Boulder shooting sparks calls for gun control as friends and family mourn victims

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Friends and family members of the Boulder shooting victims shared memories of their lost loved ones as the second mass shooting in less than a week sparked new calls for changes to the country’s gun laws. Vice President Kamala Harris backed those calls on “CBS This Morning,” urging Congress to pass “reasonable gun safety laws.” 

“There is no reason why we have assault weapons on the streets of a civil society,” Harris said Wednesday. “They are weapons of war. They are designed to kill a lot of people quickly.”

Accused gunman Ahmad Al Aliwi Alissa bought an assault weapon on March 16, according to an arrest affidavit, but it’s not yet clear if that weapon was used during the shooting. The 21-year-old, who’s been charged with 10 counts of first-degree murder, is expected to make his first court appearance Thursday. Authorities haven’t announced a suspected motive for the rampage.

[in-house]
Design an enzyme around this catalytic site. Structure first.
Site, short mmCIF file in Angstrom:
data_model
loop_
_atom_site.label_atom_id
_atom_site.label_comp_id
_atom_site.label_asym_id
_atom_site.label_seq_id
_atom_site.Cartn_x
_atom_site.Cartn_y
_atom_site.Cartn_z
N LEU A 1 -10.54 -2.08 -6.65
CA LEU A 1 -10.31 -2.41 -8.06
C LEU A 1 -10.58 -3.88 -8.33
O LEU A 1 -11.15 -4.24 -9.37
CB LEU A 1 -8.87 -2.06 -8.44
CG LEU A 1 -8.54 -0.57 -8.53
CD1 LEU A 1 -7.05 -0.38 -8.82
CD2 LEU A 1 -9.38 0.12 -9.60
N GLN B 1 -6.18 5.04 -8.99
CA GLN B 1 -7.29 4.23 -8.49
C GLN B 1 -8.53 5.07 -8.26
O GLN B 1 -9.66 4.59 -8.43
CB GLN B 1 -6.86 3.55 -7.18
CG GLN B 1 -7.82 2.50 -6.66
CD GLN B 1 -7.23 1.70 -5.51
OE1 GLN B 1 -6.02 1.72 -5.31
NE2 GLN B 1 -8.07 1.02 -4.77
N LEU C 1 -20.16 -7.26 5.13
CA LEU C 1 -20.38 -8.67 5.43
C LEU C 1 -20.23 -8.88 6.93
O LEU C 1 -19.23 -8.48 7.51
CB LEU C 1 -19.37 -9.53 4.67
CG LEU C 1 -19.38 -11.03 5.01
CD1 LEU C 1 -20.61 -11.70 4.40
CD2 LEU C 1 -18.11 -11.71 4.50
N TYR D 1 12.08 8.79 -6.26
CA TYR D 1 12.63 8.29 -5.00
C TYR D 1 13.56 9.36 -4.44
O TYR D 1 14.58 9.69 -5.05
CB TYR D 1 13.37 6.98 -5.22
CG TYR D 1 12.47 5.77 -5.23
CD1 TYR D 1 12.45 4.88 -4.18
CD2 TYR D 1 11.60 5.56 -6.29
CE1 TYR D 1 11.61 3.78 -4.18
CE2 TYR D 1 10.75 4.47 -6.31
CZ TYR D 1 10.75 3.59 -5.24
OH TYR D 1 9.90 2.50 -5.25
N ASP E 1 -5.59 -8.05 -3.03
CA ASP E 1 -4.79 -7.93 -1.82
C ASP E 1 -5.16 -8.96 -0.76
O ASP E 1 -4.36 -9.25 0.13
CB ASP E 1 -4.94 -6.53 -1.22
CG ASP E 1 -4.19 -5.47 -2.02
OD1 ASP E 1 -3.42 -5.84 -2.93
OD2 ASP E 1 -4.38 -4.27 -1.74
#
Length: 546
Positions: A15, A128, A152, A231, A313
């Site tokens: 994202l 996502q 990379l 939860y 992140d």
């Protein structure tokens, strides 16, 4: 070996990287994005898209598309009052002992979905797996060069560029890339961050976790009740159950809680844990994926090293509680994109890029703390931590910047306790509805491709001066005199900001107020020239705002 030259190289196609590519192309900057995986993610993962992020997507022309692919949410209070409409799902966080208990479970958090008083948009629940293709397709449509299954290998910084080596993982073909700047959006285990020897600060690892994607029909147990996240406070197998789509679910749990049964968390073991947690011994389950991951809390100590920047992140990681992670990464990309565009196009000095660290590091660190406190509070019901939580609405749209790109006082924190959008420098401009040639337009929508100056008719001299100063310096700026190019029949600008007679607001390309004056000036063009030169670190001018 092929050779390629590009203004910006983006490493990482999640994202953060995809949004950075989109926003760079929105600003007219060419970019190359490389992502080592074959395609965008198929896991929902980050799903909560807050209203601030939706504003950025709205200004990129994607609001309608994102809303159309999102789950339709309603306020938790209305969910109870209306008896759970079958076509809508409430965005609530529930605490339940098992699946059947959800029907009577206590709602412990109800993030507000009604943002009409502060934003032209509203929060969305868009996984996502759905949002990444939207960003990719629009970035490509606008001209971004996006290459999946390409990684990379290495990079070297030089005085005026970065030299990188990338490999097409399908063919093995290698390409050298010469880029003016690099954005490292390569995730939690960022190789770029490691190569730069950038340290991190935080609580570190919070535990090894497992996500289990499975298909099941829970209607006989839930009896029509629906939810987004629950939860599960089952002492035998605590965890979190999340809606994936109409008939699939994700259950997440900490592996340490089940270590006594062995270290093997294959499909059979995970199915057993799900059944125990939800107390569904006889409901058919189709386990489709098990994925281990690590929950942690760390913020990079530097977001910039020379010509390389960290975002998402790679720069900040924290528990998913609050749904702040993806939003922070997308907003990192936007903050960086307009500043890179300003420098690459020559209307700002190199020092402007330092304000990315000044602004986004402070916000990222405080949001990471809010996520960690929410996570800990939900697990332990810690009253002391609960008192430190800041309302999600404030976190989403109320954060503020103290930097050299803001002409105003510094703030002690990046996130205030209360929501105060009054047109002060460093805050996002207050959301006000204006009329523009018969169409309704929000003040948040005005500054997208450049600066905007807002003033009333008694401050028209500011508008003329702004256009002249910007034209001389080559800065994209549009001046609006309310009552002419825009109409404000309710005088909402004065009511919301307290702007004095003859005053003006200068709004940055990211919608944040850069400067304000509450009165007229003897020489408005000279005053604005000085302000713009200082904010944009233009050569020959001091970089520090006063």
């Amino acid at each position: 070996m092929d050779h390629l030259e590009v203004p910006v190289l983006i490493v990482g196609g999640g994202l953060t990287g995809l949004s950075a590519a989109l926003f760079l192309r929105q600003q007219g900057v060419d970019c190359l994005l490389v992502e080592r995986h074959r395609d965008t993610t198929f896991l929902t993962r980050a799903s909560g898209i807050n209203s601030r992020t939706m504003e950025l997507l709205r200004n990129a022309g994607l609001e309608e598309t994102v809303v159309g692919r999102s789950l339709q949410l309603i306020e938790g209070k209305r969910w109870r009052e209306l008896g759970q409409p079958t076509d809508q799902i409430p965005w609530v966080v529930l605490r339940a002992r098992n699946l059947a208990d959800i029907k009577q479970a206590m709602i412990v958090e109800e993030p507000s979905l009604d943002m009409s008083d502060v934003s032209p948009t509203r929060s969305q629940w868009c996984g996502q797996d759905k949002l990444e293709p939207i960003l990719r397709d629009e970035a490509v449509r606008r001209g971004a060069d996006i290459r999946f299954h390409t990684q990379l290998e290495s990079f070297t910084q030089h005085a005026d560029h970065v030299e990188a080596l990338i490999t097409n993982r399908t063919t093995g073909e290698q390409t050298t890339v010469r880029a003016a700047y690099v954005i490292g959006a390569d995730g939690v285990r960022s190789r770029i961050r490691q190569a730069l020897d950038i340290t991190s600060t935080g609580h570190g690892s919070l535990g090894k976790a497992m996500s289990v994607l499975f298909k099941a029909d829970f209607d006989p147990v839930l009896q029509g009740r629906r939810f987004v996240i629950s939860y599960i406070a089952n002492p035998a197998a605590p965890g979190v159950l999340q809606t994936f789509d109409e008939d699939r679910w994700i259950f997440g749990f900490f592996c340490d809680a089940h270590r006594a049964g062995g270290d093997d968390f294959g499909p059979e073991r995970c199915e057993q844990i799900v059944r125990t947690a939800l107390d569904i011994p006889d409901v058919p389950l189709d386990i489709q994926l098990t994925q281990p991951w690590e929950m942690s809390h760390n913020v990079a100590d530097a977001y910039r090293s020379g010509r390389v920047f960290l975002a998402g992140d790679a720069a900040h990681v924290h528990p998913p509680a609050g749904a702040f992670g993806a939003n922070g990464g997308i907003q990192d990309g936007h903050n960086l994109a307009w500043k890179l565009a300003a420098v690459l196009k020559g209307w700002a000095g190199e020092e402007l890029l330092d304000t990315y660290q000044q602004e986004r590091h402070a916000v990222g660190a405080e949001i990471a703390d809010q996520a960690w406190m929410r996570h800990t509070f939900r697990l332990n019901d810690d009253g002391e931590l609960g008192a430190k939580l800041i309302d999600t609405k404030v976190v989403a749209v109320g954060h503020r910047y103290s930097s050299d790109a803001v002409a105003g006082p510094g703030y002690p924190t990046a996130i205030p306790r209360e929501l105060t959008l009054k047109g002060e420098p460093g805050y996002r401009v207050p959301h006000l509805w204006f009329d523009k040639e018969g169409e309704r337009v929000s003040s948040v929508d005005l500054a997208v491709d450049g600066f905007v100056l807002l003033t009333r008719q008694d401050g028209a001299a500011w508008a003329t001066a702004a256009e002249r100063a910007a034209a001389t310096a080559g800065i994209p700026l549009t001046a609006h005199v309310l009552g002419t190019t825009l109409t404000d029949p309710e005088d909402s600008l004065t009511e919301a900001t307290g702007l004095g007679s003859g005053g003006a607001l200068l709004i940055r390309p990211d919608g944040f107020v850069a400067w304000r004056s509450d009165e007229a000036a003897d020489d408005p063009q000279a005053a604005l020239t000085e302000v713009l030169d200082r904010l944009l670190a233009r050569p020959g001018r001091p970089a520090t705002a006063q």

The victims were identified earlier this week as Tralona Bartkowiak, 49; Suzanne Fountain, 59; Teri Leiker, 51; Kevin Mahoney, 61; Lynn Murray, 62; Rikki Olds, 25; Neven Stanisic, 23; Denny Stong, 20; Officer Eric Talley, 51; and Jody Waters, 65. 

“There’s a hole in our family that won’t be filled,” Rikki Olds’ uncle said.

Supermarket Shooting
Mourners embrace on March 23, 2021, along a fence put up around the parking lot where a mass shooting took place at a King Soopers grocery store the day before, in Boulder, Colorado.

David Zalubowski/AP




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